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. 2005 Jan 10;24(2):299-305.
doi: 10.1038/sj.onc.1208278.

The Plk3-Cdc25 Circuit


The Plk3-Cdc25 Circuit

David L Myer et al. Oncogene. .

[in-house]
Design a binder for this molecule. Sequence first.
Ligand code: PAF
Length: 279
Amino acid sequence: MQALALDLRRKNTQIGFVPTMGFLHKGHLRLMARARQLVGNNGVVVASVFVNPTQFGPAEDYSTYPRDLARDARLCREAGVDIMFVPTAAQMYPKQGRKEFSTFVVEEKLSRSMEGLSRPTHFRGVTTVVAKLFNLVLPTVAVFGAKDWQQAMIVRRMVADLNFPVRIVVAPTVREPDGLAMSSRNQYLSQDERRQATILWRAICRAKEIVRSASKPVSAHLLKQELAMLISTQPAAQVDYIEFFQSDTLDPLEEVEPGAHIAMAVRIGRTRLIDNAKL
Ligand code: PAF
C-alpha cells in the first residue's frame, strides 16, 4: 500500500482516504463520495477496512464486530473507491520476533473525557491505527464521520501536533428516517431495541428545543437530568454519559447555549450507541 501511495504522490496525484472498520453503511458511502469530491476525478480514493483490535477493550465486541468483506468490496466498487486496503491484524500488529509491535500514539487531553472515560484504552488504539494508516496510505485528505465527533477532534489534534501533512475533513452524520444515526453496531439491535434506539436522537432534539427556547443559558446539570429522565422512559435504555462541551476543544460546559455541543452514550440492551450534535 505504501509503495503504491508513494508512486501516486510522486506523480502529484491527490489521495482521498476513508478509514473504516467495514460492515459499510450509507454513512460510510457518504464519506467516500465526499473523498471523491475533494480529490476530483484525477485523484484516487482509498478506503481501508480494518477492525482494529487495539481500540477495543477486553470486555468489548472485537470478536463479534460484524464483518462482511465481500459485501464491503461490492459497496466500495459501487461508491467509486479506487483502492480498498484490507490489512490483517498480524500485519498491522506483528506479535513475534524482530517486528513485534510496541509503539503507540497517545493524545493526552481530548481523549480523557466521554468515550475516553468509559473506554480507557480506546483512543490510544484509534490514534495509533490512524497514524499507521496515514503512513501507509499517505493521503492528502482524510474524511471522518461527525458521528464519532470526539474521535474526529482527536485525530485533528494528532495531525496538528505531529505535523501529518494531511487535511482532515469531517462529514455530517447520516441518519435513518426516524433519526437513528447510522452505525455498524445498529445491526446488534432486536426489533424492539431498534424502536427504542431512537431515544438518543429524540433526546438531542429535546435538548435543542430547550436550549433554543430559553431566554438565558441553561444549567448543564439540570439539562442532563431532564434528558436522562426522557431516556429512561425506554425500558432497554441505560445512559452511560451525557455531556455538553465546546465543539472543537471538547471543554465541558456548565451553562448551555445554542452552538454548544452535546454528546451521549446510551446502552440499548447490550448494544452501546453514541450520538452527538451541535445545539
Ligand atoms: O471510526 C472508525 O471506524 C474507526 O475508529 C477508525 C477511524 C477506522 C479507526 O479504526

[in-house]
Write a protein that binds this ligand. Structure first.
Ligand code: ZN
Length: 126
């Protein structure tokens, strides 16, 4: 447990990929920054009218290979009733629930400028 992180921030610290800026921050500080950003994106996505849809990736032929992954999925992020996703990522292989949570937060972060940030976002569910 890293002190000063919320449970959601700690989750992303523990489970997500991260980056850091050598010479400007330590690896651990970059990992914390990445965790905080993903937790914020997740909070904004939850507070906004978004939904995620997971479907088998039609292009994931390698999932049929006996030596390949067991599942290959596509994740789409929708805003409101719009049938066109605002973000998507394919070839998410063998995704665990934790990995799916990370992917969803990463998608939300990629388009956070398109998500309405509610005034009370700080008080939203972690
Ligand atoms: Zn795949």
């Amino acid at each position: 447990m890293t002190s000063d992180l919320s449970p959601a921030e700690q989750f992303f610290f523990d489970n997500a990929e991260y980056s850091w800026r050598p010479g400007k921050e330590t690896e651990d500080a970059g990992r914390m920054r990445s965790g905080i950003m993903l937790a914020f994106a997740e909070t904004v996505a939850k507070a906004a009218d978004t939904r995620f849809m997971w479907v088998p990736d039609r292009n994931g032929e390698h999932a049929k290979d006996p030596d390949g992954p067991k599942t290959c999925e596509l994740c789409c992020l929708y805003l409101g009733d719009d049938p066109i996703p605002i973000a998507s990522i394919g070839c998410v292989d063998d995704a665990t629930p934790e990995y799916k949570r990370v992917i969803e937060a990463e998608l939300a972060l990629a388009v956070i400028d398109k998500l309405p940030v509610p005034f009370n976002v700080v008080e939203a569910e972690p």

Polo-like kinases (Plks) are key regulators of the cell cycle, especially in the G2 phase and mitosis. They are incorporated into signaling networks that regulate many aspects of the cell cycle, including but not limited to centrosome maturation and separation, mitotic entry, chromosome segregation, mitotic exit, and cytokinesis. The Plks have well conserved 30-amino-acid elements, designated polo boxes (PBs), located in their carboxyl-termini, which with their flanking regions constitute a functional Polo-box domain (PBD). Members of the Plk family exist in a variety of organisms including Polo in Drosophila melanogaster; Cdc5 in Saccharomyces cerevisiae; Plo1 in Schizosaccharomyces pombe; Plx1 in Xenopus laevis; and Plk1, Snk/Plk2, Fnk/Prk/Plk3, and Sak in mammals. Polo, Cdc5, and Plo1 are essential for viability. The Plks can be separated into two groups according to their functions. The first group (Polo, Cdc5, plo1, Plx1, and Plk1) primarily performs mitotic functions, whereas the second group (Plk2 and Plk3) appears to have additional functions during the G1, S, and G2 phases of the cell cycle. Several contributions to this issue will discuss different aspects of Plk involvement in cell-cycle regulation. This review, therefore, will focus on the role of Plk3 in regulating Cdc25 phosphatase function and its effect on the cell cycle.

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